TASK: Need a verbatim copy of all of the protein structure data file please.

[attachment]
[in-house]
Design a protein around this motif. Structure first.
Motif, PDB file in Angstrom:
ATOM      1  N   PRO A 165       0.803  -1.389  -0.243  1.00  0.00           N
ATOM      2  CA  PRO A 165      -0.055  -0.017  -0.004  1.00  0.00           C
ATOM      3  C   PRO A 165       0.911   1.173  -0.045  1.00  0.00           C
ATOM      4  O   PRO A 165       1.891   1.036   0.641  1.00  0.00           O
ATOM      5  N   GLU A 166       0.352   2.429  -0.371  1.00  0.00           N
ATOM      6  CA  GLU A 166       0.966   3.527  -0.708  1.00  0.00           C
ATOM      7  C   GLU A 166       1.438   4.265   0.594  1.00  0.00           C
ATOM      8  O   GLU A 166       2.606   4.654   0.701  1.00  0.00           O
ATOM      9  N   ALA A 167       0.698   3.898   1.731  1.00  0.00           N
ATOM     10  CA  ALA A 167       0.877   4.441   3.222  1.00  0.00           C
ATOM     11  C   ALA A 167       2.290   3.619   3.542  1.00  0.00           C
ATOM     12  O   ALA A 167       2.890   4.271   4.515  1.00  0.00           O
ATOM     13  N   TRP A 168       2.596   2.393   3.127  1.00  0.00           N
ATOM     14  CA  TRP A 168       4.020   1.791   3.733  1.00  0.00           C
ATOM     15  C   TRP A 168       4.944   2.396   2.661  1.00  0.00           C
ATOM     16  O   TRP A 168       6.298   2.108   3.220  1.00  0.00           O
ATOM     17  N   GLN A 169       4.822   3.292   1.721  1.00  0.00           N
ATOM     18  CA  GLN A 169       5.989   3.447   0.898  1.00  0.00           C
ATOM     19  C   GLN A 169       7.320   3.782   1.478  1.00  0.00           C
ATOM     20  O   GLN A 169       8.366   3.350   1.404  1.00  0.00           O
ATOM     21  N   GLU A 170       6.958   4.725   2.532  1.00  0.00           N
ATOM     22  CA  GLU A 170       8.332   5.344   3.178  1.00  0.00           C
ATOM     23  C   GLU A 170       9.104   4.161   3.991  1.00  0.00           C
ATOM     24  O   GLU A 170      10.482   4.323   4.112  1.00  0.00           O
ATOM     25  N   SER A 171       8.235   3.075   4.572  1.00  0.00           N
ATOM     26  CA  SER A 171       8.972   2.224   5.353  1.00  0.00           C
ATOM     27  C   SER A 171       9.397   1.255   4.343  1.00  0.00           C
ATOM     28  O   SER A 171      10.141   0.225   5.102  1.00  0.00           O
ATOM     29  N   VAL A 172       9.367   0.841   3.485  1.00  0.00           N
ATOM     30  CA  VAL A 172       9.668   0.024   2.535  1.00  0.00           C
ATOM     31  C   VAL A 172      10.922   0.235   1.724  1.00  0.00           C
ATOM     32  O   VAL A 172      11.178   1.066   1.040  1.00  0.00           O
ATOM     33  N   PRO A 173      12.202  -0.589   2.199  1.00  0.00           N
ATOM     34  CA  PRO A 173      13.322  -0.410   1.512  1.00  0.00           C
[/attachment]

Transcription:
[in-house]
Design a protein around this motif. Structure first.
Motif, PDB file in Angstrom:
ATOM      1  N   PRO A 165       0.803  -1.389  -0.243  1.00  0.00           N
ATOM      2  CA  PRO A 165      -0.055  -0.017  -0.004  1.00  0.00           C
ATOM      3  C   PRO A 165       0.911   1.173  -0.045  1.00  0.00           C
ATOM      4  O   PRO A 165       1.891   1.036   0.641  1.00  0.00           O
ATOM      5  N   GLU A 166       0.352   2.429  -0.371  1.00  0.00           N
ATOM      6  CA  GLU A 166       0.966   3.527  -0.708  1.00  0.00           C
ATOM      7  C   GLU A 166       1.438   4.265   0.594  1.00  0.00           C
ATOM      8  O   GLU A 166       2.606   4.654   0.701  1.00  0.00           O
ATOM      9  N   ALA A 167       0.698   3.898   1.731  1.00  0.00           N
ATOM     10  CA  ALA A 167       0.877   4.441   3.222  1.00  0.00           C
ATOM     11  C   ALA A 167       2.290   3.619   3.542  1.00  0.00           C
ATOM     12  O   ALA A 167       2.890   4.271   4.515  1.00  0.00           O
ATOM     13  N   TRP A 168       2.596   2.393   3.127  1.00  0.00           N
ATOM     14  CA  TRP A 168       4.020   1.791   3.733  1.00  0.00           C
ATOM     15  C   TRP A 168       4.944   2.396   2.661  1.00  0.00           C
ATOM     16  O   TRP A 168       6.298   2.108   3.220  1.00  0.00           O
ATOM     17  N   GLN A 169       4.822   3.292   1.721  1.00  0.00           N
ATOM     18  CA  GLN A 169       5.989   3.447   0.898  1.00  0.00           C
ATOM     19  C   GLN A 169       7.320   3.782   1.478  1.00  0.00           C
ATOM     20  O   GLN A 169       8.366   3.350   1.404  1.00  0.00           O
ATOM     21  N   GLU A 170       6.958   4.725   2.532  1.00  0.00           N
ATOM     22  CA  GLU A 170       8.332   5.344   3.178  1.00  0.00           C
ATOM     23  C   GLU A 170       9.104   4.161   3.991  1.00  0.00           C
ATOM     24  O   GLU A 170      10.482   4.323   4.112  1.00  0.00           O
ATOM     25  N   SER A 171       8.235   3.075   4.572  1.00  0.00           N
ATOM     26  CA  SER A 171       8.972   2.224   5.353  1.00  0.00           C
ATOM     27  C   SER A 171       9.397   1.255   4.343  1.00  0.00           C
ATOM     28  O   SER A 171      10.141   0.225   5.102  1.00  0.00           O
ATOM     29  N   VAL A 172       9.367   0.841   3.485  1.00  0.00           N
ATOM     30  CA  VAL A 172       9.668   0.024   2.535  1.00  0.00           C
ATOM     31  C   VAL A 172      10.922   0.235   1.724  1.00  0.00           C
ATOM     32  O   VAL A 172      11.178   1.066   1.040  1.00  0.00           O
ATOM     33  N   PRO A 173      12.202  -0.589   2.199  1.00  0.00           N
ATOM     34  CA  PRO A 173      13.322  -0.410   1.512  1.00  0.00           C